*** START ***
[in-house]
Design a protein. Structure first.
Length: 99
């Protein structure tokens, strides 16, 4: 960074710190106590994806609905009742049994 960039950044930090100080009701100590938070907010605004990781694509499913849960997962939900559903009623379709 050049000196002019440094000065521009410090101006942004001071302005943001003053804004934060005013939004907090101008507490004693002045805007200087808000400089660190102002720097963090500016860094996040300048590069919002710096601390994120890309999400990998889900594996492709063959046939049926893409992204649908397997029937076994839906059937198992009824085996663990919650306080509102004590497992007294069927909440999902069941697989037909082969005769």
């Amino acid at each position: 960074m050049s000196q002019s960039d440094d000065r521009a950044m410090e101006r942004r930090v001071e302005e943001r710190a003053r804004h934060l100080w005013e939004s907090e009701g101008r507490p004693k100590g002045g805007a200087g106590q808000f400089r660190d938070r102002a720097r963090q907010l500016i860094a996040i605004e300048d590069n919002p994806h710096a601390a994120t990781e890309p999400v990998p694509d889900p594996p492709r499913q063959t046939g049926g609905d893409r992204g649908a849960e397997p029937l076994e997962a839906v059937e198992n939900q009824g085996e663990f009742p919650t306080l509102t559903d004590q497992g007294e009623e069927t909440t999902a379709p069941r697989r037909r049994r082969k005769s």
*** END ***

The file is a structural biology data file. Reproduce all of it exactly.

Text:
[in-house]
Design a protein. Structure first.
Length: 99
């Protein structure tokens, strides 16, 4: 960074710190106590994806609905009742049994 960039950044930090100080009701100590938070907010605004990781694509499913849960997962939900559903009623379709 050049000196002019440094000065521009410090101006942004001071302005943001003053804004934060005013939004907090101008507490004693002045805007200087808000400089660190102002720097963090500016860094996040300048590069919002710096601390994120890309999400990998889900594996492709063959046939049926893409992204649908397997029937076994839906059937198992009824085996663990919650306080509102004590497992007294069927909440999902069941697989037909082969005769």
């Amino acid at each position: 960074m050049s000196q002019s960039d440094d000065r521009a950044m410090e101006r942004r930090v001071e302005e943001r710190a003053r804004h934060l100080w005013e939004s907090e009701g101008r507490p004693k100590g002045g805007a200087g106590q808000f400089r660190d938070r102002a720097r963090q907010l500016i860094a996040i605004e300048d590069n919002p994806h710096a601390a994120t990781e890309p999400v990998p694509d889900p594996p492709r499913q063959t046939g049926g609905d893409r992204g649908a849960e397997p029937l076994e997962a839906v059937e198992n939900q009824g085996e663990f009742p919650t306080l509102t559903d004590q497992g007294e009623e069927t909440t999902a379709p069941r697989r037909r049994r082969k005769s």